This wise book starts off reassuring readers that when you go out into the world, you may have questions about what you see, and that is okay. People live in many different ways. It goes on to give an example of a kid walking to school and seeing a man sleeping on the street. The child asks "Why would he sleep outside?" The book answers with matter of fact, developmentally-appropriate language and continues to other questions from what is poverty to what is a fundamental human right to how can I help. This book is an excellent resource for parents or educators looking for language and advice on how to broach this topic with children. You could even just sit down with a child and read the whole book together. I love that the book comes from a place of curiosity and compassion. It doesn't talk down to the reader or make them feel bad for asking perfectly natural questions. Illustrated with a mixture of watercolor and photographs, this approachable book is a must-read.
Fly With Me is a masterpiece of transdisciplinary study. The book examines birds from every possible angle: biological, historical, conservation, art, and stories. Poetry is peppered throughout complementing the other information. It's a National Geographic book, so you can trust that the photography throughout is stunning. Perfect for bird enthusiasts and curious minds.
A young boy is less than excited to spend time with his grandpa. They don't eat the same food. They don't watch the same shows. They don't even speak the same language! The boy soon grows bored and takes out some paper and markers to entertain himself. When his grandpa sees, he excitedly takes out his ink pot and brush. They have finally found a common language! Together, they go on an adventure combining their styles.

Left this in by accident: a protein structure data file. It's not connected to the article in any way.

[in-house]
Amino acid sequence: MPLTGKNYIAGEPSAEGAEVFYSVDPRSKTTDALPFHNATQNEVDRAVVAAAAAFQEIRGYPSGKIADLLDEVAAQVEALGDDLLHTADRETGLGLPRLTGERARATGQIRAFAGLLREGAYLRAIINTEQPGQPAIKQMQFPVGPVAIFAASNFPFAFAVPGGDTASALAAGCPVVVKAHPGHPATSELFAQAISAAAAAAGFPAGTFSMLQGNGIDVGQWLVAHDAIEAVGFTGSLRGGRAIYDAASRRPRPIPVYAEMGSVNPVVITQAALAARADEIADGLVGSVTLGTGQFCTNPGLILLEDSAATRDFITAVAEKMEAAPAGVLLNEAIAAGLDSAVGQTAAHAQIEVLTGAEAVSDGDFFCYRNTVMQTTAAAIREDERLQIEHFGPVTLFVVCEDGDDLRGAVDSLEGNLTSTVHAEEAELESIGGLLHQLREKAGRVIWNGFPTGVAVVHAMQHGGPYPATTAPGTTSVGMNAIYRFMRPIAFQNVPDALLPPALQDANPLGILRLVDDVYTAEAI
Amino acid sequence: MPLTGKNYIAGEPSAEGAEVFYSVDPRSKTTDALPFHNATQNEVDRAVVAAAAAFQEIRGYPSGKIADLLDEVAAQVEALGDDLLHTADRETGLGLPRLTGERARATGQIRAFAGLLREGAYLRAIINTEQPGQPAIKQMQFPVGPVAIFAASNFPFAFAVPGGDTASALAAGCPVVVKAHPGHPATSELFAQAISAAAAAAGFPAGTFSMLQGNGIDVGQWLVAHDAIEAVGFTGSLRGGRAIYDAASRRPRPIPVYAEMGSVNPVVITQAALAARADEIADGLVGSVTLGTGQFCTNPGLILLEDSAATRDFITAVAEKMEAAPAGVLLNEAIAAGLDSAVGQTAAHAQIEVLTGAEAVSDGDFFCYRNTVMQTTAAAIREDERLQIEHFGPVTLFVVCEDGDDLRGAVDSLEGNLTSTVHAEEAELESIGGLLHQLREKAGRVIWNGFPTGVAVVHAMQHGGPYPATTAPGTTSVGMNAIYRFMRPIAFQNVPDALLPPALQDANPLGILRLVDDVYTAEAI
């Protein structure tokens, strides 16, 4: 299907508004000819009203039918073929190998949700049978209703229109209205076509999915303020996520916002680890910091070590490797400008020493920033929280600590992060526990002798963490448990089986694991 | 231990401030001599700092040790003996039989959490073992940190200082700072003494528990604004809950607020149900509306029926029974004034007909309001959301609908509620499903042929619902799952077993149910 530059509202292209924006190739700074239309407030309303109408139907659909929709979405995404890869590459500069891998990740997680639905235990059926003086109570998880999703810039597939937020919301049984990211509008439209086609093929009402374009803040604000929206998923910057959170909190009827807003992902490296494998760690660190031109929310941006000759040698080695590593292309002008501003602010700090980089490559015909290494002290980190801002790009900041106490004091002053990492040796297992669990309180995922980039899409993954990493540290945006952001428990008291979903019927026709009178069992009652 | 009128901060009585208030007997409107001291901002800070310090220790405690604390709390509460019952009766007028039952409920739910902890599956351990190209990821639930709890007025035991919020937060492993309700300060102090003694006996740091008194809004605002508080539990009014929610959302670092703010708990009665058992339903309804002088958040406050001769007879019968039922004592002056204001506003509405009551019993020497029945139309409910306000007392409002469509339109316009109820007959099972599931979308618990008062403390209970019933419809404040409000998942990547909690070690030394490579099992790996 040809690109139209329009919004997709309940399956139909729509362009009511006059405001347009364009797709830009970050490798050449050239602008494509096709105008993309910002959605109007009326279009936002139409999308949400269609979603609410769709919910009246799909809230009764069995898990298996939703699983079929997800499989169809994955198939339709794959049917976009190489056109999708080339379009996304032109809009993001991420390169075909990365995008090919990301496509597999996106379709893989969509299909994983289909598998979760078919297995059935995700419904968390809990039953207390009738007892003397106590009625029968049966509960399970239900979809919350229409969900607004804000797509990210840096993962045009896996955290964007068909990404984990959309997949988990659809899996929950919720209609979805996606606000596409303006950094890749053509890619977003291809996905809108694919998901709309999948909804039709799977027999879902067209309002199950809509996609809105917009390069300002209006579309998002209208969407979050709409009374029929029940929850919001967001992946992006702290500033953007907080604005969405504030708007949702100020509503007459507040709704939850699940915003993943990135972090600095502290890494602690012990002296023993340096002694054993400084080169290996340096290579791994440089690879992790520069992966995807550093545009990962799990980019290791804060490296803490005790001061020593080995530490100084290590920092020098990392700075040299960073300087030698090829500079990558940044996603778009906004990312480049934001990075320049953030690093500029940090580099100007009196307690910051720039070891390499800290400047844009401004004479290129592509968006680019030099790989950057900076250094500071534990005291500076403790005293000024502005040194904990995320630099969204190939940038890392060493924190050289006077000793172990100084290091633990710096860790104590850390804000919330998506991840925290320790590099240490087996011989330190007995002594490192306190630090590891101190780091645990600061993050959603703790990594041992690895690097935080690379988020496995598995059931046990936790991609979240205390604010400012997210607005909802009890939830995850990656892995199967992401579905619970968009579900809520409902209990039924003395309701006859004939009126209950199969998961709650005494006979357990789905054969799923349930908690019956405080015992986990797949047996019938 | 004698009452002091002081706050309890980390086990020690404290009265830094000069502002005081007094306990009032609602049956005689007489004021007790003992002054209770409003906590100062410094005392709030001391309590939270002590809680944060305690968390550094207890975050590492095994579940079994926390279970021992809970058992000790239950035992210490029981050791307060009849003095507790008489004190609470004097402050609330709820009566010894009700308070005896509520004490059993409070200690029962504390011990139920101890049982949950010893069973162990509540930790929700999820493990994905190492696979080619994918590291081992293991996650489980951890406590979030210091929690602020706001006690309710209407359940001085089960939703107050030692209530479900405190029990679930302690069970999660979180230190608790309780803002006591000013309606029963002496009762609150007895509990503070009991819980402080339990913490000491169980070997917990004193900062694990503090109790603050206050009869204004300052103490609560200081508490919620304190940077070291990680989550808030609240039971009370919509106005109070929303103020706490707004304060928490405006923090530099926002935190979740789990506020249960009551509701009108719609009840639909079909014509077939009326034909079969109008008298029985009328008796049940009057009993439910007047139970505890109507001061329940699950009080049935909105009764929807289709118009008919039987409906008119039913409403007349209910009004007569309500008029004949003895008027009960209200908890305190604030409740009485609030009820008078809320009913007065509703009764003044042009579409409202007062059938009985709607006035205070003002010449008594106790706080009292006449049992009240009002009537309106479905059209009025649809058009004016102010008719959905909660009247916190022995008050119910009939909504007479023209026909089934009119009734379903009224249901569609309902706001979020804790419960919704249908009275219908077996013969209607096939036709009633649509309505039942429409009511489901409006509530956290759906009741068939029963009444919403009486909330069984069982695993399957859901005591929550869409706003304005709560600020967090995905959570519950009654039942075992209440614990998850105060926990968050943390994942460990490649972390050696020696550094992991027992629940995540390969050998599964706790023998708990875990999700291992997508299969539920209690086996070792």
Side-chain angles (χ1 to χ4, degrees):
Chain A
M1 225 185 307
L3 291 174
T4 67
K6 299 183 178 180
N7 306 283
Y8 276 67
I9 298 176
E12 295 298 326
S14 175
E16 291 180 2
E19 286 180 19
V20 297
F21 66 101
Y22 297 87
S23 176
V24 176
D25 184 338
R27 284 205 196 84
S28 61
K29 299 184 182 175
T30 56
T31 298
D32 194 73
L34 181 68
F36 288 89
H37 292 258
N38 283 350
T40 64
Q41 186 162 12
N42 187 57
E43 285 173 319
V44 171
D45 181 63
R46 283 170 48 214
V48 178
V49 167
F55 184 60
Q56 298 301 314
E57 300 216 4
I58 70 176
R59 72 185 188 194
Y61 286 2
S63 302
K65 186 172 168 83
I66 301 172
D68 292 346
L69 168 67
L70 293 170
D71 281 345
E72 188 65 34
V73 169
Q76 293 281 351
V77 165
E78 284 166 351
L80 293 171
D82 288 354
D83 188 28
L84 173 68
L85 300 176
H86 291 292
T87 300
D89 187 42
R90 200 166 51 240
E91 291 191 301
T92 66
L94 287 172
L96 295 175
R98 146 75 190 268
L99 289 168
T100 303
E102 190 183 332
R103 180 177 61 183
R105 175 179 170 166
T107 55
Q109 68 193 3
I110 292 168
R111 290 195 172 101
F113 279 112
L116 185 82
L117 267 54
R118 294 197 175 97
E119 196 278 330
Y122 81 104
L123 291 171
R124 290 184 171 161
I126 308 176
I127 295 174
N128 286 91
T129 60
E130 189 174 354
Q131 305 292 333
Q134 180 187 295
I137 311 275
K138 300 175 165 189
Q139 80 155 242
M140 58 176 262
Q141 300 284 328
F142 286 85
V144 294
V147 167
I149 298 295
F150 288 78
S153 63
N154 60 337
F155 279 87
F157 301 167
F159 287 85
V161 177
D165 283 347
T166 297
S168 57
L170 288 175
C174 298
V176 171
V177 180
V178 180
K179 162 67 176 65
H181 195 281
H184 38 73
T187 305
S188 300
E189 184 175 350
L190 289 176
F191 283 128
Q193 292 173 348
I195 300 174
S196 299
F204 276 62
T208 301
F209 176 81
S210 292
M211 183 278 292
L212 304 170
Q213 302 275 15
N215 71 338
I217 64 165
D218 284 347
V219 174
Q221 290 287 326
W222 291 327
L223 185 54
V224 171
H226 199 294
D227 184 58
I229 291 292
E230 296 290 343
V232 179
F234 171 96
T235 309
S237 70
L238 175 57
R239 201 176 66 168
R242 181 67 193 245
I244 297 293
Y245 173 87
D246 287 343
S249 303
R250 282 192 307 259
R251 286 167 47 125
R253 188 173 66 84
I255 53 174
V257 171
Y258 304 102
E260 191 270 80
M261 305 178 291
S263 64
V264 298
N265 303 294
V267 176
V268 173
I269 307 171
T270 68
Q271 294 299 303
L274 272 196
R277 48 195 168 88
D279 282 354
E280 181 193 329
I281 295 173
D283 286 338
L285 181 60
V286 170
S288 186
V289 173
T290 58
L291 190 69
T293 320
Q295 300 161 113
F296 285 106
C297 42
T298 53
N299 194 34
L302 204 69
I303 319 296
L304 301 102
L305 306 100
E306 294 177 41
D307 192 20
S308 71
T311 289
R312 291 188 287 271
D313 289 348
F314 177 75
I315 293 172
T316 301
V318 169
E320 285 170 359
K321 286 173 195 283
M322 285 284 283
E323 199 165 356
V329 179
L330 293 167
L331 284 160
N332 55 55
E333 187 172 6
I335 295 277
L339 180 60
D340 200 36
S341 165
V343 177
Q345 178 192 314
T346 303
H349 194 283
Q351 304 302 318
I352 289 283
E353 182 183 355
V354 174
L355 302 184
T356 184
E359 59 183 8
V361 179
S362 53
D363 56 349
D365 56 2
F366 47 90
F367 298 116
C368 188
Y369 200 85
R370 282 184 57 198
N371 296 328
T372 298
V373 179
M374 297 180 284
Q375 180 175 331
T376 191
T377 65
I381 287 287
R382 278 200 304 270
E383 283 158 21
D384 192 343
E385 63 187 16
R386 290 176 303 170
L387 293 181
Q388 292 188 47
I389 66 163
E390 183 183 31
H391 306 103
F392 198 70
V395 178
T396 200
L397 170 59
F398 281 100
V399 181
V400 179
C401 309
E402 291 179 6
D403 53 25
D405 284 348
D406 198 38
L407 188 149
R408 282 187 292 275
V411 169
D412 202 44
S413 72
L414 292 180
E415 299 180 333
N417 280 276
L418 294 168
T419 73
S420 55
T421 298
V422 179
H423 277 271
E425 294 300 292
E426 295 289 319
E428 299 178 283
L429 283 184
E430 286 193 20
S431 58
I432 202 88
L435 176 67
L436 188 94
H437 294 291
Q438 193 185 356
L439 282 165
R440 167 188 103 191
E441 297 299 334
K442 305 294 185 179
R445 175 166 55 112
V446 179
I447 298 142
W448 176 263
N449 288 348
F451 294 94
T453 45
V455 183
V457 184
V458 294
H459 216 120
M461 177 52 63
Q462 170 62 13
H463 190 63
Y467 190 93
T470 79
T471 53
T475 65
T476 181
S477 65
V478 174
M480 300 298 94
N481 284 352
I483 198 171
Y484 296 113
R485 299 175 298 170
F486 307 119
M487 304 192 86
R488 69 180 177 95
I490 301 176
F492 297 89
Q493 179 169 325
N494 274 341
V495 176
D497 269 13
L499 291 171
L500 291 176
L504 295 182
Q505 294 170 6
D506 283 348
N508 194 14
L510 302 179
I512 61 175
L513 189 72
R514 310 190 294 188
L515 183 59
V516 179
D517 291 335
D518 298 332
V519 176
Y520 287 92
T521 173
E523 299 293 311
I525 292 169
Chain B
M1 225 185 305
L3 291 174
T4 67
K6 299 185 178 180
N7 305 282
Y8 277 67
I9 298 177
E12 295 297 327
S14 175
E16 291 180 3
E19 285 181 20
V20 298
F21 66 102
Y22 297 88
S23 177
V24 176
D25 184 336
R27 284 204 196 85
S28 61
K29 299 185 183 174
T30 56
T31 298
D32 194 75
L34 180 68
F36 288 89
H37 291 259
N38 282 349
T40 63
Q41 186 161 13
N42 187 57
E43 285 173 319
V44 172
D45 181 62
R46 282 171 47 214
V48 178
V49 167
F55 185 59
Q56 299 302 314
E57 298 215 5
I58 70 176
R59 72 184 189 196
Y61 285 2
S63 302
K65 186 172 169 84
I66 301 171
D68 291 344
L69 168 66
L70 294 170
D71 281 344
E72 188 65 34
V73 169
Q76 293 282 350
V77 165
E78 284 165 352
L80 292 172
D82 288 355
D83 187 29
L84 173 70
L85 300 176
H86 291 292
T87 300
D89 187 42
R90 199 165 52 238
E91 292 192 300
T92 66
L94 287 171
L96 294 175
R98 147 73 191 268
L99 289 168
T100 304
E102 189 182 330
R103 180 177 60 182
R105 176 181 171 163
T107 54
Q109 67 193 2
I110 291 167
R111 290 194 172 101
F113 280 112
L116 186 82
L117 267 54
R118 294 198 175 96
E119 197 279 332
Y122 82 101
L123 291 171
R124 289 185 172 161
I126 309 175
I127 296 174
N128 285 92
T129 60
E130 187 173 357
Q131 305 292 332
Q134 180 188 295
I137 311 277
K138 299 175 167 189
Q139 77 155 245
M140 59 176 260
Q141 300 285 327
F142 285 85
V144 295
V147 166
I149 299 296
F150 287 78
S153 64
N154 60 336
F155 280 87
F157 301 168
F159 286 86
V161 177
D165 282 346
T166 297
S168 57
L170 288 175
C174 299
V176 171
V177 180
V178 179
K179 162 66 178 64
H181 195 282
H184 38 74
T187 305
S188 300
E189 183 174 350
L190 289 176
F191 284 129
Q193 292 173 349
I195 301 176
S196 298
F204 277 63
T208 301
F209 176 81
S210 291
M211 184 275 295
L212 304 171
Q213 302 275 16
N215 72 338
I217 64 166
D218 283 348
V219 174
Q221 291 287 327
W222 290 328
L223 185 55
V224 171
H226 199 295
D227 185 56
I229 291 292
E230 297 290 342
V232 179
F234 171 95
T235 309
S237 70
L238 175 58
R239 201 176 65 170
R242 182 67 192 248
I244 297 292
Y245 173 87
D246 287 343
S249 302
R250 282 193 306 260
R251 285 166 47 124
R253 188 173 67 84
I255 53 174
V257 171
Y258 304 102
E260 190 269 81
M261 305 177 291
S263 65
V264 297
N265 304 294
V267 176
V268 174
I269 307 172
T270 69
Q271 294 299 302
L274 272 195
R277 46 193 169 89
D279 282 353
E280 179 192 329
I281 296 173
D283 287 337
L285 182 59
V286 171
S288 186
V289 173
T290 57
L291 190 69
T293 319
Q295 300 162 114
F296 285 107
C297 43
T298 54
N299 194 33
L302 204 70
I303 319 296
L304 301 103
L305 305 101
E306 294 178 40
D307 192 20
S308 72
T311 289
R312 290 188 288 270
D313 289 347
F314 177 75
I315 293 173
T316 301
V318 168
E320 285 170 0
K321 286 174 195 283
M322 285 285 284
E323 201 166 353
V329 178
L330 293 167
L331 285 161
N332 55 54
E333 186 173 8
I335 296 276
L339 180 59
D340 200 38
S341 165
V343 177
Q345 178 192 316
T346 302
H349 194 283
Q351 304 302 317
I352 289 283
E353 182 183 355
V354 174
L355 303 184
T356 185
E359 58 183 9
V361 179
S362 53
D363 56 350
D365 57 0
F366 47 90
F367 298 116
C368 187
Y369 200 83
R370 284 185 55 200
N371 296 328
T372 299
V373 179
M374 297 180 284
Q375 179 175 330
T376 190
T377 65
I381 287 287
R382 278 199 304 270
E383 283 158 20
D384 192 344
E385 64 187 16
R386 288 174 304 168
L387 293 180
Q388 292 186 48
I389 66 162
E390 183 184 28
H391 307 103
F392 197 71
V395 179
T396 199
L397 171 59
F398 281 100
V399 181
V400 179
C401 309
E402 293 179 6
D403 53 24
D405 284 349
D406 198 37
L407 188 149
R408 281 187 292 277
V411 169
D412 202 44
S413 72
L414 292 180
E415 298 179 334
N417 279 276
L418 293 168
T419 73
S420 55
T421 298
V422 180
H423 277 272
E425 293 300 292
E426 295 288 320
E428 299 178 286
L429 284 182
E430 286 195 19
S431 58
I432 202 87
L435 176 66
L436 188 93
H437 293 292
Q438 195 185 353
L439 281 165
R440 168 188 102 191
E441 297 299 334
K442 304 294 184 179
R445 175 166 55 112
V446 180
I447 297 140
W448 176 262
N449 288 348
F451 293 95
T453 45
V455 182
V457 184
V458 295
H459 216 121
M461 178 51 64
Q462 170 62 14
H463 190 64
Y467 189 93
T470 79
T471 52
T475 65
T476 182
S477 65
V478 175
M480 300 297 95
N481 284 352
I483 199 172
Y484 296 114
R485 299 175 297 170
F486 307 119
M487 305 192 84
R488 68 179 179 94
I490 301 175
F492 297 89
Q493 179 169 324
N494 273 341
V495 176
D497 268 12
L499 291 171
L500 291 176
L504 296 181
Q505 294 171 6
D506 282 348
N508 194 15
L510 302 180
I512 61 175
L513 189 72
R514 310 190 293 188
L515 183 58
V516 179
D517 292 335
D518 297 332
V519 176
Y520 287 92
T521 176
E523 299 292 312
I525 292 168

The way Santat combines the grandson and grandfather's styles is simply breath-taking. The format goes from comic panels at the beginning to show time passing to full-color spreads in a more traditional picture book layout. I love the way the characters choose to draw themselves and that they exchange their preferred drawing implement at the end. The end papers bring it all together with the front displaying the grandson's style and the back the grandfather's. A sweet, inter-generational tale.
iNelle has lived in Monroeville, Alabama her whole life, so she knows how people there expect her to behave. But she's never felt comfortable in the frills and dresses other girls wear and would much rather climb trees or play with her slingshot than stay clean indoors. Tru is staying with relatives when he comes to town. With his fancy, big city fashions and high voice he is instantly marked as an outsider. The impeccably dressed boy and tom-boy find something in common in their love of Sherlock Holmes. Before long their pretend game of Sherlock and Watson turns into a real investigation when someone is falsely accused of a crime.
This book, based on the real-life friendship of Truman Capote and Harper Lee, contains so many gems that it's hard for a brief description to do it justice. Tru and Nelle (as they were called as children) instantly bond over their outsider status. They investigate cases while pretending to be Sherlock and Watson, hang out at the court house, write stories, and put on a memorable Halloween party. The book doesn't gloss over anything and racial prejudices, the Klan, depression, and abuse are all mentioned. These details help create an authentic sense of place. The book takes its structure from Capote and consists of a novel with a set of related short stories afterwards. Even those unfamiliar with Capote and Lee will be drawn into this story and find them easy to relate to as outsiders.